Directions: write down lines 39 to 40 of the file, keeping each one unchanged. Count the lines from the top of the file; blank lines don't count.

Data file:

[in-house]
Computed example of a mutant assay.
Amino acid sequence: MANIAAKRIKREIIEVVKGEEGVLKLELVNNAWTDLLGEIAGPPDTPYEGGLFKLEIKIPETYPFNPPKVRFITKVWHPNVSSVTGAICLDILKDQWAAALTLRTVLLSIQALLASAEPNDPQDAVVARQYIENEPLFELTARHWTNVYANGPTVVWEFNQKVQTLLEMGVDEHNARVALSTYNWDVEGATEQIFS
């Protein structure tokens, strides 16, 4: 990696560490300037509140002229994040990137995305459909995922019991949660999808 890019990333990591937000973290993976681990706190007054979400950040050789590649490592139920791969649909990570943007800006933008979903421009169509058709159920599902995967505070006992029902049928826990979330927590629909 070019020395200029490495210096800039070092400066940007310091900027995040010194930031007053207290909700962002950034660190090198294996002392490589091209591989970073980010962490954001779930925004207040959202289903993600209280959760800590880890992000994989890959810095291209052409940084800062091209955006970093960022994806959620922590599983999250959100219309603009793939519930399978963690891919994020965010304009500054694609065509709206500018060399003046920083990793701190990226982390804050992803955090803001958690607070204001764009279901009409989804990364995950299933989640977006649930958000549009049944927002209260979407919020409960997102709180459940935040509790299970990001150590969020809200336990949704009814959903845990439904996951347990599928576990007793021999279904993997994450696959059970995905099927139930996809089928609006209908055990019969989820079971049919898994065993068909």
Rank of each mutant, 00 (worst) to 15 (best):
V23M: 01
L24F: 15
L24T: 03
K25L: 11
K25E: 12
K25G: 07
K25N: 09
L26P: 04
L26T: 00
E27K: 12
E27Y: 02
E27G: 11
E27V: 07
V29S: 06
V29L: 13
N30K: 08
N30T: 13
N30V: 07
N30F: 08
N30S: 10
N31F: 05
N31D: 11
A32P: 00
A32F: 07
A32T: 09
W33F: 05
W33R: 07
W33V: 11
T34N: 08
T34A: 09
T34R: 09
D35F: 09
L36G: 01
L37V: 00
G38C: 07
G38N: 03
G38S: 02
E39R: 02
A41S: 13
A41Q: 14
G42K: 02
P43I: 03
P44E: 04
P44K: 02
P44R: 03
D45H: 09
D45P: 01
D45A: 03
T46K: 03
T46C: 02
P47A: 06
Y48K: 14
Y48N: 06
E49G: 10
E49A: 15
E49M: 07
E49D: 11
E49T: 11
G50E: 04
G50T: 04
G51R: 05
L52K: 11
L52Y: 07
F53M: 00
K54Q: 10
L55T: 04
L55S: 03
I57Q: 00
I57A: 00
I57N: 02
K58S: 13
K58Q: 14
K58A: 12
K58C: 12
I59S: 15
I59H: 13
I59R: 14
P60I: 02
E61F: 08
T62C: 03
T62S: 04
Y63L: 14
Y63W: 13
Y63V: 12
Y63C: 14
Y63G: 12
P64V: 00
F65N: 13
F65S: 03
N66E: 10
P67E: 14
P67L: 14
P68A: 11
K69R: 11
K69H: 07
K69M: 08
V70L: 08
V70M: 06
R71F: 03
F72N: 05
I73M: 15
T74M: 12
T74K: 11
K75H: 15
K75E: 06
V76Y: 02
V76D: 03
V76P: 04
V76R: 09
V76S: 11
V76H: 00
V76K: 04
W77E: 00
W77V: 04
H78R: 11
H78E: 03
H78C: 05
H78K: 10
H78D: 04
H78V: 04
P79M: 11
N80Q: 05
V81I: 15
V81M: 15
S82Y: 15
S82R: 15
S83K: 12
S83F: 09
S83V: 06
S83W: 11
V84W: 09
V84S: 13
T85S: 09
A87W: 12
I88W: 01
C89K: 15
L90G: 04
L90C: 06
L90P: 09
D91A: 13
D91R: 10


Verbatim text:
L37V: 00
G38C: 07